Publications and Research

Document Type


Publication Date



Positive network effects arise where incremental product use increases the utility of users of compatible products (user-positive effects), but also in situations where product use imposes negative externalities that selectively affect the adopters of incompatible alternatives (nonuser-negative effects). This paper compares the social optimality of firms’ incentives for compatibility under these two regimes. Using a “location” model of differentiated products, I find that, under both regimes, incentives for unilateral action to increase compatibility tend to be suboptimal when firms’ networks are close in size, but they may be excessive for small firms when networks differ greatly in size. The result is consistent with prior analysis of the user-positive context (e.g., Katz & Shapiro, 1985), but challenges the intuition that activities involving negative externalities are always oversupplied in an unregulated market. Public policy implications are discussed.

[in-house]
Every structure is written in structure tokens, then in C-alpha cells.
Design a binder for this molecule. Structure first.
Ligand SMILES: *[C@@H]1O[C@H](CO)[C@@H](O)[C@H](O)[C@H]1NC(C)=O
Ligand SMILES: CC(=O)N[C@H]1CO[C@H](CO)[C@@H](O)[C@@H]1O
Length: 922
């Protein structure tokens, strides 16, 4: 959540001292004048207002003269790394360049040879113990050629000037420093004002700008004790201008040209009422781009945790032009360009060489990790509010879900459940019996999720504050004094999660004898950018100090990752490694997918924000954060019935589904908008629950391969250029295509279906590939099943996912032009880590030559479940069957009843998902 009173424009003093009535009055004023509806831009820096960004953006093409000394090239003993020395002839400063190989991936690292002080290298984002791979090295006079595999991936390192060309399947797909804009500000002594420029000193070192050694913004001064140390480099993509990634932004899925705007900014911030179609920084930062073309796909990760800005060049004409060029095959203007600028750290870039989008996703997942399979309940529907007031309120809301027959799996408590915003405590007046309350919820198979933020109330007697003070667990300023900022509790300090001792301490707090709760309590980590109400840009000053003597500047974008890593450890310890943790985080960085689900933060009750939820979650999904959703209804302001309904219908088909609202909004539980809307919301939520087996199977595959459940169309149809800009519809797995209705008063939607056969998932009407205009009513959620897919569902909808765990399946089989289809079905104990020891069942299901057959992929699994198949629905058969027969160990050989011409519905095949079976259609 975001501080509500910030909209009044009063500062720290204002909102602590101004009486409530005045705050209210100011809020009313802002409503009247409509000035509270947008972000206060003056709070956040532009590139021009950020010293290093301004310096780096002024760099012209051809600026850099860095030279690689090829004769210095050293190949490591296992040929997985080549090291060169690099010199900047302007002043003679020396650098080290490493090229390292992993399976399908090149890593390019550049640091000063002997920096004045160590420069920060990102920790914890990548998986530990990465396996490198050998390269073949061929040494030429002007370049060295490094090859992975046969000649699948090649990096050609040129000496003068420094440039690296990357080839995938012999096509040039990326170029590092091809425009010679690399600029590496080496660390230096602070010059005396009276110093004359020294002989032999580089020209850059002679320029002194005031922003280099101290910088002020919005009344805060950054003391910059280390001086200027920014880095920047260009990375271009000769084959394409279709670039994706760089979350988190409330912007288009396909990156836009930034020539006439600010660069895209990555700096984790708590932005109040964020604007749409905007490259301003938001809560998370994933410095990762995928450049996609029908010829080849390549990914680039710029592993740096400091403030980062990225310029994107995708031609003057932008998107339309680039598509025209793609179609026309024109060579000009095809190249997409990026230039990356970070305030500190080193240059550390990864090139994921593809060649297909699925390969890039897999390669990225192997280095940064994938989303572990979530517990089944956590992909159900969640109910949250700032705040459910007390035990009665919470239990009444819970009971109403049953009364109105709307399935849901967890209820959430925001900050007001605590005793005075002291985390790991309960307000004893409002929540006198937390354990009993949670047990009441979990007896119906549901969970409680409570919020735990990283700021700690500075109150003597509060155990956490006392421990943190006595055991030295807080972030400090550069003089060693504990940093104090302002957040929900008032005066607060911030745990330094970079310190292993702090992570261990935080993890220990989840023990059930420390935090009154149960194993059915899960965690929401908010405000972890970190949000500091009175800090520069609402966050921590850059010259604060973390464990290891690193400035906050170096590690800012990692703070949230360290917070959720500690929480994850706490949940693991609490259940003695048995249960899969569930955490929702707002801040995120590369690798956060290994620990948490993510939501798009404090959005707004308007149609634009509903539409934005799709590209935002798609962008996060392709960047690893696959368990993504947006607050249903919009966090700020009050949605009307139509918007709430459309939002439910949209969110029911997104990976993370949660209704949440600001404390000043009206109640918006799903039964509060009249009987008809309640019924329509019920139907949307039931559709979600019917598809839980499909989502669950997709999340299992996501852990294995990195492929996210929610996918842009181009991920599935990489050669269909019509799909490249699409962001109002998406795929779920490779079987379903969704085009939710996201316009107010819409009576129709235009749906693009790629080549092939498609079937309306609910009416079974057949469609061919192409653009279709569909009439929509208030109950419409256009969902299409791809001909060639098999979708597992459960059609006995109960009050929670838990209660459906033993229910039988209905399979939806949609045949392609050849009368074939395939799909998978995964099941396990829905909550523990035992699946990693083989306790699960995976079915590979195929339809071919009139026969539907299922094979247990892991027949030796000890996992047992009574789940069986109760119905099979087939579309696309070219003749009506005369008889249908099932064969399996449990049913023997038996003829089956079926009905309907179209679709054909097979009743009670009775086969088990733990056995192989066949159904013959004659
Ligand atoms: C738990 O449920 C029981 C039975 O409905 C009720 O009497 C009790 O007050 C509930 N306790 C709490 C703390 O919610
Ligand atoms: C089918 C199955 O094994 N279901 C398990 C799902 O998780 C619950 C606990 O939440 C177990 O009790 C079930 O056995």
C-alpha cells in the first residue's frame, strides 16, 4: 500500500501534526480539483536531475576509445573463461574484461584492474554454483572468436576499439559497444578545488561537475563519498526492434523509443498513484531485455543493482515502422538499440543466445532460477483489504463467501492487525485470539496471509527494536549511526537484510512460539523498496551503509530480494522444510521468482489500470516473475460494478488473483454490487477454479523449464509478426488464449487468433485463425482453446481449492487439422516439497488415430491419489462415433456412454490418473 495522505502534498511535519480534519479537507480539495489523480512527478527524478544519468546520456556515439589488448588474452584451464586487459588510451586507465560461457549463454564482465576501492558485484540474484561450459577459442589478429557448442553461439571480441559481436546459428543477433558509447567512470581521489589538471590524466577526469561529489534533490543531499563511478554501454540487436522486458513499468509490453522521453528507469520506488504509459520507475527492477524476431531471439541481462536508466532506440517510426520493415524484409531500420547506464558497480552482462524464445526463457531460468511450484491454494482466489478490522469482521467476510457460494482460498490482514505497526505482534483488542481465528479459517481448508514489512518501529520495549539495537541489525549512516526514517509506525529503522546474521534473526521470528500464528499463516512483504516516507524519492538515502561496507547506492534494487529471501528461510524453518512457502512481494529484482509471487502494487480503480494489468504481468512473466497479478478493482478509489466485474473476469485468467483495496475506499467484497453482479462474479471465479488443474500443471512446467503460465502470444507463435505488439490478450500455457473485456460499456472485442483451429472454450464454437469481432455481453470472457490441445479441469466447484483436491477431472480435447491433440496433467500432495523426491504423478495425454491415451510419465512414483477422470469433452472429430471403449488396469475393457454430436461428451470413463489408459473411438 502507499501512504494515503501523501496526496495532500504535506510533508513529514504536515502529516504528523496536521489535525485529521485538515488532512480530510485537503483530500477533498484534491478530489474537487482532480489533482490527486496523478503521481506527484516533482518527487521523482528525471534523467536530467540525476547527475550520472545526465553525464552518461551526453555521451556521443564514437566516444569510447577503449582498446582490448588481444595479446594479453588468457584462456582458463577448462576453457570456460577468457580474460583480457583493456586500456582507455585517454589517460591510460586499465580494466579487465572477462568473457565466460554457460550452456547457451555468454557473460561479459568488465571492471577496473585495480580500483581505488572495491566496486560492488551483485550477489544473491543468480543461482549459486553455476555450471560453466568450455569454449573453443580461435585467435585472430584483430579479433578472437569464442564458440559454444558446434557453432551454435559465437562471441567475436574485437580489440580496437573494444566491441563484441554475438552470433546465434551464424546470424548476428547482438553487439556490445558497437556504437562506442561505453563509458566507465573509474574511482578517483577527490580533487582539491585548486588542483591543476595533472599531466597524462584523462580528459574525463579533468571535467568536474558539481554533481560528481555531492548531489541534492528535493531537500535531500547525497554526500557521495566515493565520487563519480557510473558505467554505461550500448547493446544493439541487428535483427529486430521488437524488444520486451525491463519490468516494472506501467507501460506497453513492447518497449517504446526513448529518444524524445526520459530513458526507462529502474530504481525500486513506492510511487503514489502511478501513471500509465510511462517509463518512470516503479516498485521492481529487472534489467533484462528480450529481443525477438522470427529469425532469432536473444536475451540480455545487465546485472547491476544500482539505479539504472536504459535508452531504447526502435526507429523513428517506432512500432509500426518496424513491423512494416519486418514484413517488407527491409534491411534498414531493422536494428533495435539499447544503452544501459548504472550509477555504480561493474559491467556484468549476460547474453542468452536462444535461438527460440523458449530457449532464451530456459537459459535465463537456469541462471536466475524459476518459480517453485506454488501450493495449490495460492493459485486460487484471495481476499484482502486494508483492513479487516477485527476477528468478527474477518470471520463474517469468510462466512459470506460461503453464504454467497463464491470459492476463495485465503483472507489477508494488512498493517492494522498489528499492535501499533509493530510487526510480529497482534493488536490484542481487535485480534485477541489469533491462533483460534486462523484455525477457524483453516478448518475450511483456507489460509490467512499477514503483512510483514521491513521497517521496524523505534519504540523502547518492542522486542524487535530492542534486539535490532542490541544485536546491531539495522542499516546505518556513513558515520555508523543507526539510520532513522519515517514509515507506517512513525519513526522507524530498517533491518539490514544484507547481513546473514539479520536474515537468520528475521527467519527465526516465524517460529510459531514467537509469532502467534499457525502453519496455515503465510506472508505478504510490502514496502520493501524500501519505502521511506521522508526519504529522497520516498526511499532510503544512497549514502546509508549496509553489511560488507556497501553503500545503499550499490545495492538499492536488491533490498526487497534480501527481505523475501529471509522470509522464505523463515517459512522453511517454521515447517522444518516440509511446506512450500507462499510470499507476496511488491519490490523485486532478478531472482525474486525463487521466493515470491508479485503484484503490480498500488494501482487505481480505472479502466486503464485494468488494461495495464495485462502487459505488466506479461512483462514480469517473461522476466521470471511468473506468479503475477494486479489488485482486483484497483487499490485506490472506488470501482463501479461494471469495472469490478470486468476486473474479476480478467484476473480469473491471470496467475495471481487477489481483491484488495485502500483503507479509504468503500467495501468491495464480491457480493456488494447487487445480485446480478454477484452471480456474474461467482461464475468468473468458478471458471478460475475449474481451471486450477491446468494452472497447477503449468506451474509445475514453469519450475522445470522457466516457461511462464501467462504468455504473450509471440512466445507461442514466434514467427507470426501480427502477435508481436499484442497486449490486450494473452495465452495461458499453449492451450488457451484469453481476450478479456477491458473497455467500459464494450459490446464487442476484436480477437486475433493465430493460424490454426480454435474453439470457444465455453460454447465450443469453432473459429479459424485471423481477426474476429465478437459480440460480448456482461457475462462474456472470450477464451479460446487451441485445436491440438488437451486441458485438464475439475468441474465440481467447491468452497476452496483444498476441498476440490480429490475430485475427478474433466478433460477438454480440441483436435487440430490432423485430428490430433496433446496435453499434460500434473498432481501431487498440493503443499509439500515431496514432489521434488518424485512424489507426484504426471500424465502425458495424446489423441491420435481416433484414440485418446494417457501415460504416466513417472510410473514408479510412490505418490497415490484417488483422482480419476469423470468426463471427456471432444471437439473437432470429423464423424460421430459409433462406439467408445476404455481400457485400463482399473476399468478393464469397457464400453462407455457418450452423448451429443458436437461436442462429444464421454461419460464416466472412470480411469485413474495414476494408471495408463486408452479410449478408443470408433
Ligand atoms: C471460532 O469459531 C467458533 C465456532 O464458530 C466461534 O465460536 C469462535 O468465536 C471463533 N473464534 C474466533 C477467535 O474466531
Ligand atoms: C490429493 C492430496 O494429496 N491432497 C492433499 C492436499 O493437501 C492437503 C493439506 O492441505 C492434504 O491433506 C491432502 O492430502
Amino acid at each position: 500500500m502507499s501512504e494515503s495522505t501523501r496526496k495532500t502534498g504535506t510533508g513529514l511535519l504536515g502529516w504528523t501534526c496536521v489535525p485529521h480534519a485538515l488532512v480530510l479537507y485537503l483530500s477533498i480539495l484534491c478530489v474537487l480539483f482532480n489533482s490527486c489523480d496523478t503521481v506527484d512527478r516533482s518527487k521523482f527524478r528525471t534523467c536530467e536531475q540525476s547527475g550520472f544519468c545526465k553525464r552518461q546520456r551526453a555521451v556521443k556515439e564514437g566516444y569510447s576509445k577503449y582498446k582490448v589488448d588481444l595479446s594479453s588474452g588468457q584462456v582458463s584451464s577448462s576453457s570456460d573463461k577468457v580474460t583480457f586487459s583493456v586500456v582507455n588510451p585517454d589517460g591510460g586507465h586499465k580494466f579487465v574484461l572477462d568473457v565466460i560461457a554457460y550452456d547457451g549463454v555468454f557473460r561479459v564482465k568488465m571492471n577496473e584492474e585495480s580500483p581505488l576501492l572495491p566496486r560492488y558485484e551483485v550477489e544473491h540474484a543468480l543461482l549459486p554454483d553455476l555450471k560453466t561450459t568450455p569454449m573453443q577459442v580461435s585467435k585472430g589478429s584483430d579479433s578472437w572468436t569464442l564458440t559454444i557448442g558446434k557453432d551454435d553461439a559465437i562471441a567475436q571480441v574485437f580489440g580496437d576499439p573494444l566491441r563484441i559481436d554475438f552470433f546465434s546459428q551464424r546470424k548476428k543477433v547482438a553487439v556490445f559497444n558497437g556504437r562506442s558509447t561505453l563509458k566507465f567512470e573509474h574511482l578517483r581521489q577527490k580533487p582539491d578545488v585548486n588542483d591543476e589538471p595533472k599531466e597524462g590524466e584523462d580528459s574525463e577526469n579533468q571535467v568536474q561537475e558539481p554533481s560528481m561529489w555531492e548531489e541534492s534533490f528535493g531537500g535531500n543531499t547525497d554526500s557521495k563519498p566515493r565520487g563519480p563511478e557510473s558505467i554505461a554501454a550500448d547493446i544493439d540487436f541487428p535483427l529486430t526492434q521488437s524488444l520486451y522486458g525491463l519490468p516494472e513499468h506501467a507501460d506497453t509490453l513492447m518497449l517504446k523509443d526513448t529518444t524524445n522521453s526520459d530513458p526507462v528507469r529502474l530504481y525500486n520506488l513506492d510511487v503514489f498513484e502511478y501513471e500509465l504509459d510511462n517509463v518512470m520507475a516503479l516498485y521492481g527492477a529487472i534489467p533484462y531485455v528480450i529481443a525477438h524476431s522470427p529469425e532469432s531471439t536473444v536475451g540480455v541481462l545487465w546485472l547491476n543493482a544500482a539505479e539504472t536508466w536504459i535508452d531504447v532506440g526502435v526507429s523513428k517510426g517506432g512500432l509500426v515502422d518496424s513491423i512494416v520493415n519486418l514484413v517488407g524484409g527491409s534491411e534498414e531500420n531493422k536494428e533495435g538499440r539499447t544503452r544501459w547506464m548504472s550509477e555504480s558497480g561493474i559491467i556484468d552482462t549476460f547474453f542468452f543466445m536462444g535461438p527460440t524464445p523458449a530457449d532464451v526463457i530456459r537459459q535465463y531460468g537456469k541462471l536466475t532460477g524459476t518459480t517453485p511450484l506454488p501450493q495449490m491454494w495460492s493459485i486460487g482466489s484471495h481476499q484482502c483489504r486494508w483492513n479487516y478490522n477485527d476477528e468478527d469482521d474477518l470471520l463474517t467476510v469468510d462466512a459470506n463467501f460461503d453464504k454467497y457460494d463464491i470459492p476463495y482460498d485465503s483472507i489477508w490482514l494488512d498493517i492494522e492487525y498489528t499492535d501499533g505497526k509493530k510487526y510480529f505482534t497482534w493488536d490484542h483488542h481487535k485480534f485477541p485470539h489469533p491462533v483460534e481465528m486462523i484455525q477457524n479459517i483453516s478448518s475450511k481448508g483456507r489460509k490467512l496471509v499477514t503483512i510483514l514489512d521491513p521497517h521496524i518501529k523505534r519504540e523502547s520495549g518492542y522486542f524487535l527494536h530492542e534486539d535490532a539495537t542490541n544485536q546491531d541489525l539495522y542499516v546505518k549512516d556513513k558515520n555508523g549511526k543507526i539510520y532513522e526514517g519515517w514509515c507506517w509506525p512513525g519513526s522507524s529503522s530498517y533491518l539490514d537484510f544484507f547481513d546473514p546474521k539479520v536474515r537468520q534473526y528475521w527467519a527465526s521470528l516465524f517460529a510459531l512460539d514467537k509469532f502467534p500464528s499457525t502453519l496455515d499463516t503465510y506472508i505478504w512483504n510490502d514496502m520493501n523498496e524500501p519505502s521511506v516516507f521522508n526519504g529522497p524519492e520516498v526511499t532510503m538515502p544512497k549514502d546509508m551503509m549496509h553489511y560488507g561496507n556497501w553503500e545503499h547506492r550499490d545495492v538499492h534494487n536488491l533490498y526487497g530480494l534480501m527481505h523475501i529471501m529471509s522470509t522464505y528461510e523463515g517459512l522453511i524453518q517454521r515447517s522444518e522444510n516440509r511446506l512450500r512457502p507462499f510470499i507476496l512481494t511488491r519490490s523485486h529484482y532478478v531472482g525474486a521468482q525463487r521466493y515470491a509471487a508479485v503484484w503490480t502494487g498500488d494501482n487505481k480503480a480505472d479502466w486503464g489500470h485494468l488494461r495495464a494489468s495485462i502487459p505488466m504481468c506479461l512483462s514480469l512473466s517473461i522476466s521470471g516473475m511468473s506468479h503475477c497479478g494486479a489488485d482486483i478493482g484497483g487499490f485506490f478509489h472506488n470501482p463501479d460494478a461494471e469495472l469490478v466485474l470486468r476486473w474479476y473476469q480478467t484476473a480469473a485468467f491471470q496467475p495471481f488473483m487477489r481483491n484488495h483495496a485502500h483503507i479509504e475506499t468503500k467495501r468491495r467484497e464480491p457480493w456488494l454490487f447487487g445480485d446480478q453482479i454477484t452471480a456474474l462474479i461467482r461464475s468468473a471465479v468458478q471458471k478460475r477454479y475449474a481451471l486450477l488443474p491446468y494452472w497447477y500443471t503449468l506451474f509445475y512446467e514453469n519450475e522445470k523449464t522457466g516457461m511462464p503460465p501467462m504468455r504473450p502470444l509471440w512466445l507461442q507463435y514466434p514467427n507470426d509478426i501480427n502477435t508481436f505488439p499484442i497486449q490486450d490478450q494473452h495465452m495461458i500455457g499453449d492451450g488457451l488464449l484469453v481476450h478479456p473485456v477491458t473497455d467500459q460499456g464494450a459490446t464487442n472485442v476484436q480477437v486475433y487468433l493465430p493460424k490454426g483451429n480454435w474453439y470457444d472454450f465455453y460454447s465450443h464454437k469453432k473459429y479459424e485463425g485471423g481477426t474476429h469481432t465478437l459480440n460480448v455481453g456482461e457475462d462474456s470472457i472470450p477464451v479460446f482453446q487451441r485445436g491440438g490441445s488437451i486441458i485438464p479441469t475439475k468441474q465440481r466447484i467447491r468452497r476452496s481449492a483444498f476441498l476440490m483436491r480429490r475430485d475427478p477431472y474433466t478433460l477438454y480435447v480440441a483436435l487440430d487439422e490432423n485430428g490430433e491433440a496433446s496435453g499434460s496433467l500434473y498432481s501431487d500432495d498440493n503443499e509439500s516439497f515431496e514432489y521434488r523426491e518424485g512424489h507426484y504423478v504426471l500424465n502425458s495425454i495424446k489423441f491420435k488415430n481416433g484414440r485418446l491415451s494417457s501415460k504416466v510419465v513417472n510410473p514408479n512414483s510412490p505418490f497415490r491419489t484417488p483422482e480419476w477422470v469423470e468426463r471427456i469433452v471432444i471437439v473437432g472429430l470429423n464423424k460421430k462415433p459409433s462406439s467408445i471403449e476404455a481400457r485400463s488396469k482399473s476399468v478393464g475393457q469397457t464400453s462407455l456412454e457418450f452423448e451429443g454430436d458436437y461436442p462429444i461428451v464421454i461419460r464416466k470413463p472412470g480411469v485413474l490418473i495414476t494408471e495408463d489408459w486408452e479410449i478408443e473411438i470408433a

This article was originally published in the International Journal of Economics and Finance, available at DOI: 10.5539/ijef.v7n6p1.

This is an open-access article distributed under the terms and conditions of the Creative Commons Attribution license (

Included in

Economics Commons



To view the content in your browser, please download Adobe Reader or, alternately,
you may Download the file to your hard drive.

NOTE: The latest versions of Adobe Reader do not support viewing PDF files within Firefox on Mac OS and if you are using a modern (Intel) Mac, there is no official plugin for viewing PDF files within the browser window.